Central Virginia leaders work toward redevelopment plan ahead of CVTC closure

AMHERST COUNTY, Va. (WDBJ7)-- The clock is ticking for the Central Virginia Training Center in Madison Heights.

An overhead look at the Central Virginia Training Center from Air7.

The state-run facility for people living with disabilities is set to close this July. Regional leaders are now working to make sure the 350-acre site is used to its highest potential and does not turn into 350 acres of blight.

"How we prepare for its next life and what it is going to look like," said Victoria Hanson, Economic Development Director for Amherst County. "We know we have taken a massive hit in Amherst County and in the region."

According to Hanson, the CVTC had an $87-million regional economic impact. She said it is not just an important piece of property for the county, but for the Central Virginia region.

"That could open up a lot of possibilities for our region," said Jamie Glass with the Lynchburg Regional Business Alliance. Glass added that the CVTC is a major regional asset and one of their top priorities this year.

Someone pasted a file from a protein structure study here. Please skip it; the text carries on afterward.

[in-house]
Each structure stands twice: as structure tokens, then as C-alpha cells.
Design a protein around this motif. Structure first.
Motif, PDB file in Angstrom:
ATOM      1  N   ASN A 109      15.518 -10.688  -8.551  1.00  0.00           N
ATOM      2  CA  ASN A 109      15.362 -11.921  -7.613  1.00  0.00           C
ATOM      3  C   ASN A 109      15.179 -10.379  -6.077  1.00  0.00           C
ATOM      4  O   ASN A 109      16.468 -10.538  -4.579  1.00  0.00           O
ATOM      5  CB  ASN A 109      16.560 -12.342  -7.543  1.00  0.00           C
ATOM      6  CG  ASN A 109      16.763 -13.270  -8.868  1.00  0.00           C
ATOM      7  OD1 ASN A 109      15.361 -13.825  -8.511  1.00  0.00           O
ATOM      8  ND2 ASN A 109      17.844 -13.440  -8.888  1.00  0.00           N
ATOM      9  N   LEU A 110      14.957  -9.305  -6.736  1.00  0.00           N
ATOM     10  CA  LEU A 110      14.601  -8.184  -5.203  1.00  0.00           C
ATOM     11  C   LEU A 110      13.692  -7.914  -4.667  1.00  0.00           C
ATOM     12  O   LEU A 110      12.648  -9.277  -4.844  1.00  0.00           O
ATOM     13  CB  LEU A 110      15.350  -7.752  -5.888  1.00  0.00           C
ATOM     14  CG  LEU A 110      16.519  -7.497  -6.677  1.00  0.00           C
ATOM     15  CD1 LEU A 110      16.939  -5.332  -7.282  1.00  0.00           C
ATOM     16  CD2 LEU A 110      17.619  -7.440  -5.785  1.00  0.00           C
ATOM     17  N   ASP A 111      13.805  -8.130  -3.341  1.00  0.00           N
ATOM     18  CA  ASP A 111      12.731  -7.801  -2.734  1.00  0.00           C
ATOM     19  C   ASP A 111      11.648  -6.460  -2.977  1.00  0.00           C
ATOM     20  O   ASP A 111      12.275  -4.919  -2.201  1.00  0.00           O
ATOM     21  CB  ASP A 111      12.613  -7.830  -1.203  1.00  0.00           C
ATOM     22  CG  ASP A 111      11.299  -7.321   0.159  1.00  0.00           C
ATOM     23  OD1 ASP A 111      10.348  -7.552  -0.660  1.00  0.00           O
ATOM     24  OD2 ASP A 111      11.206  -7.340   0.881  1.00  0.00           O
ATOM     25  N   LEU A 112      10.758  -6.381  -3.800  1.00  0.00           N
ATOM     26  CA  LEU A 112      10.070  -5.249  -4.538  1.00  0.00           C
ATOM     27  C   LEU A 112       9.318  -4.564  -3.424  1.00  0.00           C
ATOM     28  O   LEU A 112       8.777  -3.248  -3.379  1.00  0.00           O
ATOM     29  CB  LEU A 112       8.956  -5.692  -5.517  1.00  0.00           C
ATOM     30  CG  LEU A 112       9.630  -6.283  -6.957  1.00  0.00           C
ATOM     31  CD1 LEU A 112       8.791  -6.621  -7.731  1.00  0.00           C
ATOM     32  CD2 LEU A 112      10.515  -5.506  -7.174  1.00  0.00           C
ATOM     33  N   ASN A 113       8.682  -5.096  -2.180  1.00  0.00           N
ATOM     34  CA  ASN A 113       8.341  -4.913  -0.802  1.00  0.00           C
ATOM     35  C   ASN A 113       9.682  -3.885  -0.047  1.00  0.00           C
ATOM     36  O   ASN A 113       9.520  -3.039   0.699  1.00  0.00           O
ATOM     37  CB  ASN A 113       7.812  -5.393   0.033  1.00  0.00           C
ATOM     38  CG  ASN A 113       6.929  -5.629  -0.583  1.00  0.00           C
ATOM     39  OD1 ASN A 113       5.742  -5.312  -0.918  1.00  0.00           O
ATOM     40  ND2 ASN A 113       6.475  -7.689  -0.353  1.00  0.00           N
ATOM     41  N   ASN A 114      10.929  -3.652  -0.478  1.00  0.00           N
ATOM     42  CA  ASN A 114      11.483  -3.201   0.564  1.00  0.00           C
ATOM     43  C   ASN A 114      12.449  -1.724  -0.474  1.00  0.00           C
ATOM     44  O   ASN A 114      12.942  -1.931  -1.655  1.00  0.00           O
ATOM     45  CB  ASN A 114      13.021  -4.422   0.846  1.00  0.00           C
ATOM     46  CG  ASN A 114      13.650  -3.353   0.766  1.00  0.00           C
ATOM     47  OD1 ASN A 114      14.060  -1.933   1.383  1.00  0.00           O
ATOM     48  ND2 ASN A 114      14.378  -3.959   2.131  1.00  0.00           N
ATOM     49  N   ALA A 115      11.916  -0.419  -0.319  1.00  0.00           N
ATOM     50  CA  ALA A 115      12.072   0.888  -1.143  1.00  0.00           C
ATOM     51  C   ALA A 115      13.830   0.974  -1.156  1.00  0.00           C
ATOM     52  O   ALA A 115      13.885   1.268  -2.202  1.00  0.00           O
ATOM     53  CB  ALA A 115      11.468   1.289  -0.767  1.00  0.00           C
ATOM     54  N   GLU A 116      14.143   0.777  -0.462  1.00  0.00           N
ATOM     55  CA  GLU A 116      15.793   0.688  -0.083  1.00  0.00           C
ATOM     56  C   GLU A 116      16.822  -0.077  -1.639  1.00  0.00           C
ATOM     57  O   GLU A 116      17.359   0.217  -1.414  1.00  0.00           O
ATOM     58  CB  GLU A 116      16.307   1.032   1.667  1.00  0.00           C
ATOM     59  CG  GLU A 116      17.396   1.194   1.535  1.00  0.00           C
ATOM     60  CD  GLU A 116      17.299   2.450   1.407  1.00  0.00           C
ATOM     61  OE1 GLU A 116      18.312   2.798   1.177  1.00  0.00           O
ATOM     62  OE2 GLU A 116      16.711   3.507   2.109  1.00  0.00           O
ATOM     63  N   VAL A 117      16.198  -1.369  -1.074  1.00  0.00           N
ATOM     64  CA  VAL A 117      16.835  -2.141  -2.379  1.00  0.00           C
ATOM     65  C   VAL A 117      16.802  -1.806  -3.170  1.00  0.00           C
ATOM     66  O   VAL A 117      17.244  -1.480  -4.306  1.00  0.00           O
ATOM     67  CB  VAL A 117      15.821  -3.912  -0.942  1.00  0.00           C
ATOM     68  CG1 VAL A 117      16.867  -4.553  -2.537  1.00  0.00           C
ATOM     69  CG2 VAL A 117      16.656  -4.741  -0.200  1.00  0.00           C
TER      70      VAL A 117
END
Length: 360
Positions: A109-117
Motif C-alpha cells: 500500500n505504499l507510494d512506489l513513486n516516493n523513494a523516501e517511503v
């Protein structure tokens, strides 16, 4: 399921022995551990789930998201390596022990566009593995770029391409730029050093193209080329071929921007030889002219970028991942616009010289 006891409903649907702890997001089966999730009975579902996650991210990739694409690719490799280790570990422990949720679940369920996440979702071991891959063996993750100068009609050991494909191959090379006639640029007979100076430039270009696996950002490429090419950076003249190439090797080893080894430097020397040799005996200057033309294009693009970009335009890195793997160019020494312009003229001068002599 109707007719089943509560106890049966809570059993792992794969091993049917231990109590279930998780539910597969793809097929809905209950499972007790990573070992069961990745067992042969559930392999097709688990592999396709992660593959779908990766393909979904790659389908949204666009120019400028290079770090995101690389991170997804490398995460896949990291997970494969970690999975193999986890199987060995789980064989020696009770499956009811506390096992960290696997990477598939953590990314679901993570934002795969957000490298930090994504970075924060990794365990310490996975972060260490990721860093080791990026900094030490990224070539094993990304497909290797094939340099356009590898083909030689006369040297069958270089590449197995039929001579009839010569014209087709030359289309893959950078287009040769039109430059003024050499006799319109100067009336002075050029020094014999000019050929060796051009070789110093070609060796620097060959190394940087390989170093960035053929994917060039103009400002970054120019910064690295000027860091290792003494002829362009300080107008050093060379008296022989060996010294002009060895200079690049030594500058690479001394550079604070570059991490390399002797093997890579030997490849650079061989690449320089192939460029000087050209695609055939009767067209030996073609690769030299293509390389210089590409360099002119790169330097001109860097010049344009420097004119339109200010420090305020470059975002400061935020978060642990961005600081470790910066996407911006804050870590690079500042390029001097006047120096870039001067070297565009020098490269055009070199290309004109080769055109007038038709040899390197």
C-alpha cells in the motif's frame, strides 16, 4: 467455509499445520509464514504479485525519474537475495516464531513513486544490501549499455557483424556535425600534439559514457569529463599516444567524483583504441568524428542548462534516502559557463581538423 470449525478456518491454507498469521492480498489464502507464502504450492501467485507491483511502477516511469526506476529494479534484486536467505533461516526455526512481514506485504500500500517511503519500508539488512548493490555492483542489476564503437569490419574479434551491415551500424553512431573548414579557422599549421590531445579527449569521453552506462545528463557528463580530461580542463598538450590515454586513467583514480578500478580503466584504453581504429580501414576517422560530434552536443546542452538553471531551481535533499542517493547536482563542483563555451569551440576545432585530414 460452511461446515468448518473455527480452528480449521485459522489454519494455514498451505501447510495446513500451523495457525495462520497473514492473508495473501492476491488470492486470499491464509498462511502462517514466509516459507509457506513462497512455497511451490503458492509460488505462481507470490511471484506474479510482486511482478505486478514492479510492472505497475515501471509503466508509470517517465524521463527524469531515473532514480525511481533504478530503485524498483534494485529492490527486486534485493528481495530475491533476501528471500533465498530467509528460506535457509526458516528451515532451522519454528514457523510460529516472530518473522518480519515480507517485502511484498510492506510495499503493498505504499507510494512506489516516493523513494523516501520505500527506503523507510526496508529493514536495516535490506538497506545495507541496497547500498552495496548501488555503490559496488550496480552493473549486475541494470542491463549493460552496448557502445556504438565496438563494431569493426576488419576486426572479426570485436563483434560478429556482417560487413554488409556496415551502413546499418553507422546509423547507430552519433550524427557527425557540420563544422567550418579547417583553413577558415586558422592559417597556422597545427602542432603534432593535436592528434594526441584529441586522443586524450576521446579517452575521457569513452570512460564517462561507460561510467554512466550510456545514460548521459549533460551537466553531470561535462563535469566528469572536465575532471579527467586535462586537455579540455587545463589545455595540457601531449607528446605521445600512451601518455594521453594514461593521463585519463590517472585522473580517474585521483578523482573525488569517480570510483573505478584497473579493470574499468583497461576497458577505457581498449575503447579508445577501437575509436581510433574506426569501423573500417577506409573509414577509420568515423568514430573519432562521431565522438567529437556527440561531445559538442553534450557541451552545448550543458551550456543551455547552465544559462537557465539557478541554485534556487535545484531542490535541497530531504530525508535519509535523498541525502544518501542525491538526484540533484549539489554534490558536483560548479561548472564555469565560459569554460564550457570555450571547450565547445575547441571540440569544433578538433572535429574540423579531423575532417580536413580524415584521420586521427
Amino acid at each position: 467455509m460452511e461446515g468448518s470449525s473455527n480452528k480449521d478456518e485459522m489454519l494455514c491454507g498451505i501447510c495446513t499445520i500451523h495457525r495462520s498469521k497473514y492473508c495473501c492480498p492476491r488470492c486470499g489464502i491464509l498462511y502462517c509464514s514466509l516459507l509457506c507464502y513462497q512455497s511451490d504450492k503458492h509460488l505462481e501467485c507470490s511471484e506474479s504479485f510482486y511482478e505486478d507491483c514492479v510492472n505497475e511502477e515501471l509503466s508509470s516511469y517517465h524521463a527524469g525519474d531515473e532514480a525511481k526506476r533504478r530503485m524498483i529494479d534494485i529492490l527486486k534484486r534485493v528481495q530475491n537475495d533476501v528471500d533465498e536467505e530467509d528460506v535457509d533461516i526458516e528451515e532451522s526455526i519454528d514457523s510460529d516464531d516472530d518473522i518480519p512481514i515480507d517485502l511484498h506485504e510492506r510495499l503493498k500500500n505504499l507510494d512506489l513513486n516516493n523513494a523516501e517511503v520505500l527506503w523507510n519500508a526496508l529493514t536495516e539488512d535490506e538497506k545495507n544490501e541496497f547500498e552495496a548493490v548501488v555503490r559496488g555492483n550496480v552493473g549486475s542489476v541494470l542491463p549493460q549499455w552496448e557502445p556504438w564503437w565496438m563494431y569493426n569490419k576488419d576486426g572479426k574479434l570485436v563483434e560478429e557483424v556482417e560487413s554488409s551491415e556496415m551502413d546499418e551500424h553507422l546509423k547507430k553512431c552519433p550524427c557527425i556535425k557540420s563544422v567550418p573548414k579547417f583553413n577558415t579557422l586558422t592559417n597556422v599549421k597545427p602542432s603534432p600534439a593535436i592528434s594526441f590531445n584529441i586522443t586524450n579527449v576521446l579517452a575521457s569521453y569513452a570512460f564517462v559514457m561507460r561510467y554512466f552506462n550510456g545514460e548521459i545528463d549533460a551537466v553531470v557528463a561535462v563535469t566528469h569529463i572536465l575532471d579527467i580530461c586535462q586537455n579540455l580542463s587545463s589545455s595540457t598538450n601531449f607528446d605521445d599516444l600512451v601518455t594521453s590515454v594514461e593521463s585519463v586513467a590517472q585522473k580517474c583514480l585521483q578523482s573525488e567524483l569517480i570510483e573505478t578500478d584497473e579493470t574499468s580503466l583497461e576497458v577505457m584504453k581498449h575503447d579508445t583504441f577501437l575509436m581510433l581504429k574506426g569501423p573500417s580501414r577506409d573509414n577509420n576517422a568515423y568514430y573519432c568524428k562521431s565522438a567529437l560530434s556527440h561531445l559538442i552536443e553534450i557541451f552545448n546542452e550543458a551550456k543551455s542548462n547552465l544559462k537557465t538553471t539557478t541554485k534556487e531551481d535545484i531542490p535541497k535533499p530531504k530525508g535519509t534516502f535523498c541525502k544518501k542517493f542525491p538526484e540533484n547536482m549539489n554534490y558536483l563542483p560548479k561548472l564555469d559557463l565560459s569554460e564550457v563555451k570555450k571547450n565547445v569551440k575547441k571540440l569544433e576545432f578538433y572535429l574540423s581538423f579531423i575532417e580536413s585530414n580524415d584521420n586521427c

The alliance has been working alongside the county and the Central Virginia Planning District Commission to secure funding for a redevelopment plan of the site.

"To make sure that we move it forward and make sure that what follows the training center is something really great for the region," said Glass.

The land for the CVTC is owned by the state, meaning the alliance and the county cannot control who buys the land. However, they have been working closely with the state and are taking steps to identify the best use for the land.

The LRBA was just awarded a $100,000 GO Virginia grant. That, coupled with funding from Amherst County, the economic development authority and the CVPDC, will help pay for an outside company to create a redevelopment plan for the CVTC.

According to Glass, the training center is a complicated project. The property dates back more than 100 years and there are 98 buildings on the site. The local leaders are not sure what the best use for the land actually is, but the redevelopment plan will help determine what needs to happen to maximize potential.

"Then you can just shop this beautiful development to, hopefully, quality developers who have the money and the funding to enact it," said Hanson.

As the state continues to plan for the closure of the property, Hanson said that it is their job to think ahead.

The alliance is still seeking $150,000 to pay for the $500,000 redevelopment plan. They are hoping to secure the funding by the end of the year.

"We need to be proactive in what happens to this incredibly well-positioned piece of land," said Hanson. "There are four-lane highways on three sides of it with the river, directly across from downtown Lynchburg. It makes sense that we invest in this."

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